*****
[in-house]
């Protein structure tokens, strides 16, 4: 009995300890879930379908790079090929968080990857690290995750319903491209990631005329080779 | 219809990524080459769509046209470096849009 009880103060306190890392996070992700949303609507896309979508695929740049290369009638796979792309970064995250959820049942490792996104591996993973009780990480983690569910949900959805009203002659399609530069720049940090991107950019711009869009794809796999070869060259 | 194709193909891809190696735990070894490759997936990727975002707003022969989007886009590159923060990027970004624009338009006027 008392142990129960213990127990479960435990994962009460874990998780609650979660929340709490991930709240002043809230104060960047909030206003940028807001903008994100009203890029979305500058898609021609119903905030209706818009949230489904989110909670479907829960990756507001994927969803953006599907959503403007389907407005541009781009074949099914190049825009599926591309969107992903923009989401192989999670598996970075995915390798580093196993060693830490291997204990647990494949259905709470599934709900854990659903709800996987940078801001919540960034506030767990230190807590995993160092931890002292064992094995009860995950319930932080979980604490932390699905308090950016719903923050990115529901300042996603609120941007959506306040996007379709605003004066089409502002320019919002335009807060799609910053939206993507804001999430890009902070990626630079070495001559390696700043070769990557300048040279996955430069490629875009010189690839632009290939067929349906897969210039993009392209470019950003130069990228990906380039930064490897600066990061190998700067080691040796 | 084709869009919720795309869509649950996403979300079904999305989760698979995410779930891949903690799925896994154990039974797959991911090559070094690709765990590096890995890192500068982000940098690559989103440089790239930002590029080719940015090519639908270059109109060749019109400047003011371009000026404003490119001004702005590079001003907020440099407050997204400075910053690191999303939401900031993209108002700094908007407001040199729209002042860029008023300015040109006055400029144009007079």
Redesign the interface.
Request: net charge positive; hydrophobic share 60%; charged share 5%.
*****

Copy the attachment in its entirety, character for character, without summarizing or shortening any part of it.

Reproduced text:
[in-house]
């Protein structure tokens, strides 16, 4: 009995300890879930379908790079090929968080990857690290995750319903491209990631005329080779 | 219809990524080459769509046209470096849009 009880103060306190890392996070992700949303609507896309979508695929740049290369009638796979792309970064995250959820049942490792996104591996993973009780990480983690569910949900959805009203002659399609530069720049940090991107950019711009869009794809796999070869060259 | 194709193909891809190696735990070894490759997936990727975002707003022969989007886009590159923060990027970004624009338009006027 008392142990129960213990127990479960435990994962009460874990998780609650979660929340709490991930709240002043809230104060960047909030206003940028807001903008994100009203890029979305500058898609021609119903905030209706818009949230489904989110909670479907829960990756507001994927969803953006599907959503403007389907407005541009781009074949099914190049825009599926591309969107992903923009989401192989999670598996970075995915390798580093196993060693830490291997204990647990494949259905709470599934709900854990659903709800996987940078801001919540960034506030767990230190807590995993160092931890002292064992094995009860995950319930932080979980604490932390699905308090950016719903923050990115529901300042996603609120941007959506306040996007379709605003004066089409502002320019919002335009807060799609910053939206993507804001999430890009902070990626630079070495001559390696700043070769990557300048040279996955430069490629875009010189690839632009290939067929349906897969210039993009392209470019950003130069990228990906380039930064490897600066990061190998700067080691040796 | 084709869009919720795309869509649950996403979300079904999305989760698979995410779930891949903690799925896994154990039974797959991911090559070094690709765990590096890995890192500068982000940098690559989103440089790239930002590029080719940015090519639908270059109109060749019109400047003011371009000026404003490119001004702005590079001003907020440099407050997204400075910053690191999303939401900031993209108002700094908007407001040199729209002042860029008023300015040109006055400029144009007079």
Redesign the interface.
Request: net charge positive; hydrophobic share 60%; charged share 5%.